Cast: Kartik Aaryan, Bhumi Pednekar, Ananya Pandey, Aparshakti Khurana, Manu Rishi Chadha, Rajesh Sharma, K.K. Raina, Navni Parihar, Sunny Singh
Director: Mudassar Aziz
We should all weep in unison and offer our heartfelt condolences to the house of B.R. Chopra which, under the auspices of Baldev Raj Chopra, gave us Naya Daur, Gumrah, Humraaz, Waqt, Ittefaq, The Burning Train, Insaaf Ka Tarazu, Nikaah, Mazdoor and many other exceptional films, but is now reduced to regurgitating its hits from the 1970s, that too without the lecherous, naughty bite of the original.
Pati Patni Aur Woh, written by Kamleshwar and directed by B.R. Chopra, starred Sanjeev Kumar, Vidya Sinha, Ranjeeta and oodles of raunchy, forbidden fun.
The film, which released in 1978, was set in a world where morality was well defined. What’s right and wrong was set out clearly in two separate columns, as was the behaviour of ideal men and sanskari women. There was no overlap. There was no grey. There was no confusion.
So when Sanjeev Kumar’s loving husband seemed bored with his sweet, pati vrata wife and decided to chase some cheap thrills by having an affair with his modern, skirt-wearing secretary, it shocked us, thrilled us and it made sense.
That screenplay was full of raunchy, lewd scenes, and it had nice twists in the affair that initially added a spring and some swag to the husband’s personality.
This Pati Patni Aur Woh, set in Kanpur, 2019, has a mild twist in terms of the characters. The patni, Vedika Tripathi (Bhumi Pednekar), is a straight-talking hottie who doesn’t mince words about her love for sex, while the husband, Chintu Tyagi (Kartik Aaryan), seems dull and silly. Also, Tapasya Singh (Ananya Pandey) as woh, the other woman, is shapely but boring.
So it makes little sense for Chintu Tyagi to have an affair, and the only reason the film can come up with is that his wife nags him about moving to Delhi and that he is sometimes visited by her pakora-chomping, back slapping uncle.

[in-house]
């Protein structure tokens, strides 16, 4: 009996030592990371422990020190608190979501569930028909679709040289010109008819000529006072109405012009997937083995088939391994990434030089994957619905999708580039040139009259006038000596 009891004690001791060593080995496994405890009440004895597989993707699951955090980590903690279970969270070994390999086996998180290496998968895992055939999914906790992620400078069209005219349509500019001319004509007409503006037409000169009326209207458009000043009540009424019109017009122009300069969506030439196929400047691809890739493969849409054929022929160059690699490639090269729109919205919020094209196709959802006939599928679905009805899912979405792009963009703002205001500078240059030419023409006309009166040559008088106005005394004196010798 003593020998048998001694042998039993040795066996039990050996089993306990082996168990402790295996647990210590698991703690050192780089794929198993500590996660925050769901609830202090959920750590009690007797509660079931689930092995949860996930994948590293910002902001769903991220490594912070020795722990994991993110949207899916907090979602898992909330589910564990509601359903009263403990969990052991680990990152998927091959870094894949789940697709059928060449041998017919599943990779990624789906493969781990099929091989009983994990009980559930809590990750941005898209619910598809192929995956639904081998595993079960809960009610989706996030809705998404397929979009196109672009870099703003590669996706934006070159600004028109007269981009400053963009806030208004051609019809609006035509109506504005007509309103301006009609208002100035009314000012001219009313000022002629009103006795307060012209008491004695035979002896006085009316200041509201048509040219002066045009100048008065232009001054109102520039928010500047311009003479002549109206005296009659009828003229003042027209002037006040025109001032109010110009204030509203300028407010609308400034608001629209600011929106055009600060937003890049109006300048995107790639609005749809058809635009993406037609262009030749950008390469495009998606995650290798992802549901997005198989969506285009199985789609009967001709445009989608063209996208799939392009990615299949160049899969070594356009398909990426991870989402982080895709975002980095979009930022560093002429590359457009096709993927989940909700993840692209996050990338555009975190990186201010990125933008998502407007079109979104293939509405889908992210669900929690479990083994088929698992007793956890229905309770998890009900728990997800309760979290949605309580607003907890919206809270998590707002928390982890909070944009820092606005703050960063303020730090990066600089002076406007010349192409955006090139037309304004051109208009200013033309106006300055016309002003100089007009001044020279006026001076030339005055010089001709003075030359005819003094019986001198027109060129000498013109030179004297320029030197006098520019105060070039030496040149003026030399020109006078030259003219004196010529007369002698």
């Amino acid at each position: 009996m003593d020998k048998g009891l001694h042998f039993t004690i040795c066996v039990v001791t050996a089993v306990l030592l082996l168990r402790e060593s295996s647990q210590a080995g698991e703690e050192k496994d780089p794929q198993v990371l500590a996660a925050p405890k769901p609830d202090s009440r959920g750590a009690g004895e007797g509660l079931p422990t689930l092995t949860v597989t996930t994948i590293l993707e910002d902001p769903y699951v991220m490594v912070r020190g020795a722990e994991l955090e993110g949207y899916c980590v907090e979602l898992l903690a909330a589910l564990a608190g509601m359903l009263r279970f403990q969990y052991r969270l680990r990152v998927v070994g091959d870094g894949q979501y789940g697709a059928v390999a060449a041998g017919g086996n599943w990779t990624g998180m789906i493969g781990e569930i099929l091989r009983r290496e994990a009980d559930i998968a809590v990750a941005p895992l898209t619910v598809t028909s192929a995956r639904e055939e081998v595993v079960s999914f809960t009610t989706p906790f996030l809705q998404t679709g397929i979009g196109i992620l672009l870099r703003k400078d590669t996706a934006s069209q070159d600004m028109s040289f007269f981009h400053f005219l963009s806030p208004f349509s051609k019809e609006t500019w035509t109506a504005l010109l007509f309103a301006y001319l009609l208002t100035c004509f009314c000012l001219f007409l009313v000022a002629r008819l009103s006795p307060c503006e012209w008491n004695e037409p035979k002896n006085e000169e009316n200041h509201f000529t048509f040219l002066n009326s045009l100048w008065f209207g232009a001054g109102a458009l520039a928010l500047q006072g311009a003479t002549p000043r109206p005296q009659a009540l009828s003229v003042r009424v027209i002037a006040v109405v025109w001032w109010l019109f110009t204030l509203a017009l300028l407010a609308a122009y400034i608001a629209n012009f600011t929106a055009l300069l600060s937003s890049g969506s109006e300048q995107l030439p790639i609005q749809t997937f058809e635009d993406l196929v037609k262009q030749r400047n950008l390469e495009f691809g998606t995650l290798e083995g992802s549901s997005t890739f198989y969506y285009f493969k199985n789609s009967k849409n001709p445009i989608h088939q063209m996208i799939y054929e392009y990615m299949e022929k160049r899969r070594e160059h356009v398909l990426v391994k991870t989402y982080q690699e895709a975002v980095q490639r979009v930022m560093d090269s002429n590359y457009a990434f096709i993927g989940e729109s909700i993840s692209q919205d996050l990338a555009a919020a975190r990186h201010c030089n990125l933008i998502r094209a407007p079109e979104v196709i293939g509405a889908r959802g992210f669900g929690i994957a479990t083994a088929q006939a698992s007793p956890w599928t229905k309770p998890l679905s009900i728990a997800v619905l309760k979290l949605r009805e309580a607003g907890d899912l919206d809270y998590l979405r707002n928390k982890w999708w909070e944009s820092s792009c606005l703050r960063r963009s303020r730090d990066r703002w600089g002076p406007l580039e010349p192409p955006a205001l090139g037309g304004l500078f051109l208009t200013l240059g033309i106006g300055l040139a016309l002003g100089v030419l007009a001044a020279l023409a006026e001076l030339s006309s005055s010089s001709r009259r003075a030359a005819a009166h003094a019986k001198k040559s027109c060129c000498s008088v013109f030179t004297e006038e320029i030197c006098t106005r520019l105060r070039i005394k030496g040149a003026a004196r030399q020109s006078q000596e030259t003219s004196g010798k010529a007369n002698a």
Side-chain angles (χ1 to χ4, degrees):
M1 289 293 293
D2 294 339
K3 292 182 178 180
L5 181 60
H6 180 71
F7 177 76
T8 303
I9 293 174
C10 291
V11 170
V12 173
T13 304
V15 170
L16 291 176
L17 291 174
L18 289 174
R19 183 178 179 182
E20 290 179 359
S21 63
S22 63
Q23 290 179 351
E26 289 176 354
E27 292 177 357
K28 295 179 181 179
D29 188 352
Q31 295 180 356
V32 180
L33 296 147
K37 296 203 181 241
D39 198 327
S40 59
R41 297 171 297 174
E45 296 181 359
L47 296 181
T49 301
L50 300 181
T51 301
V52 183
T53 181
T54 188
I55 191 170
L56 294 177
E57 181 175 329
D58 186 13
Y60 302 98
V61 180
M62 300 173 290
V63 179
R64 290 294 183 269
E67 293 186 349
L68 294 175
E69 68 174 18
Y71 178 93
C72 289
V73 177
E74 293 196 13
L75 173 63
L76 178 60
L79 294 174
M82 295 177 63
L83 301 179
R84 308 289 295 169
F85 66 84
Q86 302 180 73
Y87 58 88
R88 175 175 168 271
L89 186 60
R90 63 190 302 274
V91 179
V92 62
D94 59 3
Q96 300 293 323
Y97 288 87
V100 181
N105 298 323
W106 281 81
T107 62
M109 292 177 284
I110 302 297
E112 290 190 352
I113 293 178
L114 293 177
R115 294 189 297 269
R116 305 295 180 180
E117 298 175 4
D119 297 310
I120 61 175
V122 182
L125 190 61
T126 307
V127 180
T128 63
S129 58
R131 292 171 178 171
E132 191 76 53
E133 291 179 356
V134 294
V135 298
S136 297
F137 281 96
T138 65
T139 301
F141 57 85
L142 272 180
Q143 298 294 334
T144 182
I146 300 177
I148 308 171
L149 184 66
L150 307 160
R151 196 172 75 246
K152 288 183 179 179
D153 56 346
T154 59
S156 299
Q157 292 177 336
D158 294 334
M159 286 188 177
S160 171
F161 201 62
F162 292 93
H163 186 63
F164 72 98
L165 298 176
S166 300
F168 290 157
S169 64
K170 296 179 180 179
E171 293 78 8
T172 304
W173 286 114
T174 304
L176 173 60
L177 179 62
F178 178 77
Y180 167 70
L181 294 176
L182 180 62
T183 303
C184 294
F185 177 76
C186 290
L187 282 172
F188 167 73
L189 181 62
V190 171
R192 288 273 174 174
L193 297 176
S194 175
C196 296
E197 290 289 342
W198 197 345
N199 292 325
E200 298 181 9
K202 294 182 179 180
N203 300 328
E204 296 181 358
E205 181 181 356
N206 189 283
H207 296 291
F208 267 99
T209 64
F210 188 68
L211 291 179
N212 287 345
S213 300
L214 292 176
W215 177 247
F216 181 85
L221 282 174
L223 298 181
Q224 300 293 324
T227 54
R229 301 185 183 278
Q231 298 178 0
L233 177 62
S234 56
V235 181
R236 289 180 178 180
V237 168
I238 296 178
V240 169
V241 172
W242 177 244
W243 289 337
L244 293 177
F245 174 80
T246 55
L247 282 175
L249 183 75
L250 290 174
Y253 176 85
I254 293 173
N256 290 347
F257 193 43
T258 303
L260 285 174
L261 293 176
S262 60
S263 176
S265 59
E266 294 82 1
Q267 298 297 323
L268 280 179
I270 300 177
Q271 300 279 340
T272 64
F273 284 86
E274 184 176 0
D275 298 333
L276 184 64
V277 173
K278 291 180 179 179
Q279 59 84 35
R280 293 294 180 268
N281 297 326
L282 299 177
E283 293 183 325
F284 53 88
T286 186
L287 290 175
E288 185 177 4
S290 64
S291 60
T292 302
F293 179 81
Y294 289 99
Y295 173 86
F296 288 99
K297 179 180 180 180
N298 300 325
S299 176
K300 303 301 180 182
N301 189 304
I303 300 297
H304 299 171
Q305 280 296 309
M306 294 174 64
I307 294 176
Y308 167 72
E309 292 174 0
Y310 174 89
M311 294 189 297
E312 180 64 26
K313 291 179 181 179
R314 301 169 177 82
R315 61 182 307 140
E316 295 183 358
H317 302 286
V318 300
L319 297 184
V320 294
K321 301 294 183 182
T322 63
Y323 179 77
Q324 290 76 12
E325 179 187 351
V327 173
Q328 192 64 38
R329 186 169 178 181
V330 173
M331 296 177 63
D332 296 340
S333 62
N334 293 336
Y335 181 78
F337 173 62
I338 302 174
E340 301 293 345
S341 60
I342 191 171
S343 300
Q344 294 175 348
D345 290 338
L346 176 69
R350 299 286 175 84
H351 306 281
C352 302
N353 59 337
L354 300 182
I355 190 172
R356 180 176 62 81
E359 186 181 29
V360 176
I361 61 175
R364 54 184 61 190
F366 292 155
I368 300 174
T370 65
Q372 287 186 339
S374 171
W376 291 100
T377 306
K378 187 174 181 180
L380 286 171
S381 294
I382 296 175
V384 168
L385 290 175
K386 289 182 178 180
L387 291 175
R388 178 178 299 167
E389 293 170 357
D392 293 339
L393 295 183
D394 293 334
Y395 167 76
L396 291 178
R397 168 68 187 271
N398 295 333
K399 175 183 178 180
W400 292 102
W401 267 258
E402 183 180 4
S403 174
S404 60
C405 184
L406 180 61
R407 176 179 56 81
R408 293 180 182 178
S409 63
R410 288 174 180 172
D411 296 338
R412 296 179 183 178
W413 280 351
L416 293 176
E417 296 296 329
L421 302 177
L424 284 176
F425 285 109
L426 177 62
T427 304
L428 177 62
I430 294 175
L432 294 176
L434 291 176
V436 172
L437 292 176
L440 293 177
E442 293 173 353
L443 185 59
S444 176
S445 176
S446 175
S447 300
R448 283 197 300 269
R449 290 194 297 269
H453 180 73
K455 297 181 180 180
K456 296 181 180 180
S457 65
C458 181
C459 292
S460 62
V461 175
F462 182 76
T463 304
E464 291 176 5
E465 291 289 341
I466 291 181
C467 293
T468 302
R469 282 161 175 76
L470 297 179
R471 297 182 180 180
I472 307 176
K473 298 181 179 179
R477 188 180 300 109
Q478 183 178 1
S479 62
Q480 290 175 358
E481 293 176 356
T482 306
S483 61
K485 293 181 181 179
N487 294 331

There is nothing lewd about his affair. In fact, it’s hardly an affair. Mostly pati and woh just travel around in his office car looking for a plot suitable for her workshop, and sometimes they stop to eat golgappas or go bowling.
Their meetings are so dreary that even their driver looks thoroughly bored and irritated with them. In fact, I think the two would have had more excitement and fun if they had just hailed separate rickshaws and wasted their time being driven through the bylanes of Kanpur.
Pati Patni Aur Woh does, however, have a lot of small-town Kanpur flavour, something Bollywood films are increasingly getting right.
And if the film has any lascivious behaviour and cheap talk that’s entertaining, it’s provided by Fahim Rizvi (Aparshakti Khurana), Chintu’s langotiya yaar.
Mudassar Aziz is not a great director, but he is truly a fabulous dialogue writer. The banter between Chintu and Fahim, laced with insults and talk of old girlfriend Maya, is a riot and if they had just gone on and on, Fahim would have made a much better woh than the oh-so-shapely Pandey.
Also, it would have made for a much more engaging retelling of a B.R. Chopra naughty classic.